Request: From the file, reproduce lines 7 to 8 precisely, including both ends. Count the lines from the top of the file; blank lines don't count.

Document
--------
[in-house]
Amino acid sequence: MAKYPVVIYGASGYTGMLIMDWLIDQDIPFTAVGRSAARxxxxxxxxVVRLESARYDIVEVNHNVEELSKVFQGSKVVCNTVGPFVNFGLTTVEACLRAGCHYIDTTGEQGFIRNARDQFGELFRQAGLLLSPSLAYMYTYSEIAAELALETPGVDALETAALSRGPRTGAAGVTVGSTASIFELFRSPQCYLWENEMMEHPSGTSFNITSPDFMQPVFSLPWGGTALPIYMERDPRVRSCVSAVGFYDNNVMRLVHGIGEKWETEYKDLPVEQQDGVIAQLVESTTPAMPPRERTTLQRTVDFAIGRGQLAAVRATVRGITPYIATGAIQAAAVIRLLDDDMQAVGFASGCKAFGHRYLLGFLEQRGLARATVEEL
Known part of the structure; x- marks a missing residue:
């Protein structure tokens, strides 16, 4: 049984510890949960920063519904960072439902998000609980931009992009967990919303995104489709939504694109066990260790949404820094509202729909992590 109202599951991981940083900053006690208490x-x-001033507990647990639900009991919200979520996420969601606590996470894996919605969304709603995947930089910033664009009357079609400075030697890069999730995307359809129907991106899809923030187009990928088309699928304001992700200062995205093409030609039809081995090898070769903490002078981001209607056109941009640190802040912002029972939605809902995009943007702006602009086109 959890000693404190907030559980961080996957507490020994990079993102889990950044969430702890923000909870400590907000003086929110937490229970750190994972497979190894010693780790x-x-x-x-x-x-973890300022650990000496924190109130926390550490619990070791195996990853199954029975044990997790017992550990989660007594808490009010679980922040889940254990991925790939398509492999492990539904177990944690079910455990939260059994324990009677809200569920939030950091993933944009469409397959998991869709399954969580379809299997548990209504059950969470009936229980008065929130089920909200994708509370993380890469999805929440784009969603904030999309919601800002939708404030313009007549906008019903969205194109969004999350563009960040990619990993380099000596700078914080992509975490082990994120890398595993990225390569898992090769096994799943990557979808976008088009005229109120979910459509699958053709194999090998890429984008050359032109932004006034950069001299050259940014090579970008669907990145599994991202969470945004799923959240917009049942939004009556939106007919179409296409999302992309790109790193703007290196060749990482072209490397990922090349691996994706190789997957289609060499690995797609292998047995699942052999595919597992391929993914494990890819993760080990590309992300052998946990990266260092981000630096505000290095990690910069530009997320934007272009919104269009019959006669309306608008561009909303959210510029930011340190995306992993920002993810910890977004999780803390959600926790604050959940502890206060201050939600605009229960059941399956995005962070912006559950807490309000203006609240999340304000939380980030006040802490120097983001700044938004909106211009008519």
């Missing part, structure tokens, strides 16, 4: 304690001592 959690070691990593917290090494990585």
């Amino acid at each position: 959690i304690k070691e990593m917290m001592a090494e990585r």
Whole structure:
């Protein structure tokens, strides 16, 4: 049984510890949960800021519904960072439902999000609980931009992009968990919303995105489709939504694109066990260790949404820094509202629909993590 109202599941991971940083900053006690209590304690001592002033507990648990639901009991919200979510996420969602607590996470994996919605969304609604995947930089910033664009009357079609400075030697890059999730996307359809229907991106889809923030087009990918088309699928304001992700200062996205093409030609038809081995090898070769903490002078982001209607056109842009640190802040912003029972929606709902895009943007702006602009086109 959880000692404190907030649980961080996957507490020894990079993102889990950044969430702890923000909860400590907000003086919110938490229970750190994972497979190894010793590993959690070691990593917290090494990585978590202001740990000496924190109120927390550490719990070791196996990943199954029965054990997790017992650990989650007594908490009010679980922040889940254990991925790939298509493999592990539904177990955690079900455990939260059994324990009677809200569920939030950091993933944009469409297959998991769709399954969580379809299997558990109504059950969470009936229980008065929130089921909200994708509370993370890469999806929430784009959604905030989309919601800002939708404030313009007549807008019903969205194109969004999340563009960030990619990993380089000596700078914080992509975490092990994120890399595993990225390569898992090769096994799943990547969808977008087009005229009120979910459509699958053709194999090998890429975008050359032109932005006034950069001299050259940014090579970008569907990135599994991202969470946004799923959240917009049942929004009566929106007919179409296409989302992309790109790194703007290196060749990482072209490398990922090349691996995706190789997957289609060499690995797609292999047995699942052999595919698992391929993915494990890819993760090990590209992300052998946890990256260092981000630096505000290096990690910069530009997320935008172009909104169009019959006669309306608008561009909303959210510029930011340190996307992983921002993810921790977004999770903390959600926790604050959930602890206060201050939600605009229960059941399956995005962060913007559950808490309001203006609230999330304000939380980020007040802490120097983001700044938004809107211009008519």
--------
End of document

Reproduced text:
Whole structure:
């Protein structure tokens, strides 16, 4: 049984510890949960800021519904960072439902999000609980931009992009968990919303995105489709939504694109066990260790949404820094509202629909993590 109202599941991971940083900053006690209590304690001592002033507990648990639901009991919200979510996420969602607590996470994996919605969304609604995947930089910033664009009357079609400075030697890059999730996307359809229907991106889809923030087009990918088309699928304001992700200062996205093409030609038809081995090898070769903490002078982001209607056109842009640190802040912003029972929606709902895009943007702006602009086109 959880000692404190907030649980961080996957507490020894990079993102889990950044969430702890923000909860400590907000003086919110938490229970750190994972497979190894010793590993959690070691990593917290090494990585978590202001740990000496924190109120927390550490719990070791196996990943199954029965054990997790017992650990989650007594908490009010679980922040889940254990991925790939298509493999592990539904177990955690079900455990939260059994324990009677809200569920939030950091993933944009469409297959998991769709399954969580379809299997558990109504059950969470009936229980008065929130089921909200994708509370993370890469999806929430784009959604905030989309919601800002939708404030313009007549807008019903969205194109969004999340563009960030990619990993380089000596700078914080992509975490092990994120890399595993990225390569898992090769096994799943990547969808977008087009005229009120979910459509699958053709194999090998890429975008050359032109932005006034950069001299050259940014090579970008569907990135599994991202969470946004799923959240917009049942929004009566929106007919179409296409989302992309790109790194703007290196060749990482072209490398990922090349691996995706190789997957289609060499690995797609292999047995699942052999595919698992391929993915494990890819993760090990590209992300052998946890990256260092981000630096505000290096990690910069530009997320935008172009909104169009019959006669309306608008561009909303959210510029930011340190996307992983921002993810921790977004999770903390959600926790604050959930602890206060201050939600605009229960059941399956995005962060913007559950808490309001203006609230999330304000939380980020007040802490120097983001700044938004809107211009008519």